" A smartphone was shipped for 1 of every 5 people alive in 2015. By AppleInsider Staff Thursday, January 28, 2016, 06:04 am PT (09:04 am ET) Manufacturers shipped nearly 1.5 billion smartphones to the world's 7.4 billion inhabitants in 2015 as consumers opted to replace older devices with newer LTE-equipped models or those with larger displays.
The massive, increasingly crowded smartphone sector now counts some 850 competitive brands, according to new data from Counterpoint Research. The market remains a mile wide and inch deep, however — the 20 largest companies account for nearly 85 percent of shipments. Apple has been a major beneficiary of the exploding market, shipping a record 74.8 million iPhones in the holiday quarter. That's second only to Samsung's 81.5 million shipments, though arguably more impressive. Utopian Media. Calling an idea ‘utopian’ is normally a way of saying it’s pie-in-the-sky and not worth paying attention to.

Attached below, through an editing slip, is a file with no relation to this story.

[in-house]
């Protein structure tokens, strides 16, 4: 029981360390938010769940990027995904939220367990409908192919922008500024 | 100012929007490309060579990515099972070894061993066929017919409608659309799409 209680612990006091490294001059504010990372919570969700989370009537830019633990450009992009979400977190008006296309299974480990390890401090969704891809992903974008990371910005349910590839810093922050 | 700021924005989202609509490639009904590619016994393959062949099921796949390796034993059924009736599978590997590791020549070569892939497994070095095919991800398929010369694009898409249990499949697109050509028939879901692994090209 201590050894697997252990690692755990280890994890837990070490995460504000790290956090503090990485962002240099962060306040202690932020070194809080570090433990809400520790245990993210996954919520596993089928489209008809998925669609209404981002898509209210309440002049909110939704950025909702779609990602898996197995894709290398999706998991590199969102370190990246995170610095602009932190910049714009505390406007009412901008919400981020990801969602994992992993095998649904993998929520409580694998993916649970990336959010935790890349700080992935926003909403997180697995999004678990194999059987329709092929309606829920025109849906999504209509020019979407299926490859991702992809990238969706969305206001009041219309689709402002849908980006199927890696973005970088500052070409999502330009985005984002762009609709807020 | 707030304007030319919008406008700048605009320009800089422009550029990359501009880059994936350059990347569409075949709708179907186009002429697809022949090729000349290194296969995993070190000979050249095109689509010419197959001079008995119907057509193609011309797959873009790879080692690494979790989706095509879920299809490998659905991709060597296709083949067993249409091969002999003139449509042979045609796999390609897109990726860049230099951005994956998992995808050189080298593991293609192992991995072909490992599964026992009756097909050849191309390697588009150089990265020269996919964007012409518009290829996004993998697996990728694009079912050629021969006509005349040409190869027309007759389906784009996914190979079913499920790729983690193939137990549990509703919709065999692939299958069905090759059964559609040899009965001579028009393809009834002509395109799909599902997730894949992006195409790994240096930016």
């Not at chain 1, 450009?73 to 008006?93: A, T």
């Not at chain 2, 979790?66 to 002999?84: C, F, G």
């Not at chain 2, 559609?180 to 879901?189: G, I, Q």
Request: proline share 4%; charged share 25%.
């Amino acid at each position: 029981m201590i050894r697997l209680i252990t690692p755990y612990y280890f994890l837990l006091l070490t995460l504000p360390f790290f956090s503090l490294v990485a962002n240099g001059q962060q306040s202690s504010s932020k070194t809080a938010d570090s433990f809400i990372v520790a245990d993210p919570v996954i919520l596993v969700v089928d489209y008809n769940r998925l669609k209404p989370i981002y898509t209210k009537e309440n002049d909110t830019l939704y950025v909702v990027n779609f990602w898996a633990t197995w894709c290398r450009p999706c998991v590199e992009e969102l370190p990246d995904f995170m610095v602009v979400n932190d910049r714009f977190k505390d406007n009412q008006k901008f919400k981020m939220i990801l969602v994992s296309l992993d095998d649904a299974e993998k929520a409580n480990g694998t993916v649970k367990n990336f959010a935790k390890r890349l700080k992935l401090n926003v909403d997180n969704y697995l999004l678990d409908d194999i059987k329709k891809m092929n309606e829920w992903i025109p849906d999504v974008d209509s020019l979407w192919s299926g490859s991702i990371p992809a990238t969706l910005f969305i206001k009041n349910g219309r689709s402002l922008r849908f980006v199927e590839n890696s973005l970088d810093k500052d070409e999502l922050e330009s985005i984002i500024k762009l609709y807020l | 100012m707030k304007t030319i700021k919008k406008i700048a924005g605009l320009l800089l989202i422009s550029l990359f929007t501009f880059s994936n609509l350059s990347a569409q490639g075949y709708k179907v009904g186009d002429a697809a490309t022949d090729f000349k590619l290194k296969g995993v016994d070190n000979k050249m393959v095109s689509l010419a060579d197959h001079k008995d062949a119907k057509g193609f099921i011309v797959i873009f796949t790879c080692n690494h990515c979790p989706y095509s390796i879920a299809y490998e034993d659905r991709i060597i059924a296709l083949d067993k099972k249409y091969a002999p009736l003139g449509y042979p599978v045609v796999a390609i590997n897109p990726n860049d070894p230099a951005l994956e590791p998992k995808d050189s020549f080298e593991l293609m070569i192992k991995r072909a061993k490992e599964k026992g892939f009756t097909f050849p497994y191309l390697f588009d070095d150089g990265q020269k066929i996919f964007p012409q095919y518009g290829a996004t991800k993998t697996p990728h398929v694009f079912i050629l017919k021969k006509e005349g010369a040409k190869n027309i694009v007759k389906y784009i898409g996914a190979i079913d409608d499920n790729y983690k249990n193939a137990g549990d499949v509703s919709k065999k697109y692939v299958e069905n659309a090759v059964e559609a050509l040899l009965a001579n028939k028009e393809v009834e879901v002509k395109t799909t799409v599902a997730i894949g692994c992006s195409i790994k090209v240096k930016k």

Far from it. Throughout the ages, a number of philosophers have put forward some highly provocative and interesting utopias, describing ideal arrangements of everything from schools to religion, government to holidays. Utopian ideas aren’t meant to be immediately practical. Computer E-Waste Could Reach 1bn PCs by 2020 · Environmental Leader · Environmental Management News. The Next Big Thing in Hardware: Smart Garbage. The terrifying true story of the garbage that could kill the whole human race — Matter. How to Build a Computer, Lesson 1: Hardware Basics. The Best Way To Recycle Your Old Gadgets. Donate old gadgets for a good cause video. [MUSIC] Goodwill and Dell have teamed up to recycle electronics of any brand at more than 2000 Goodwill locations nationwide.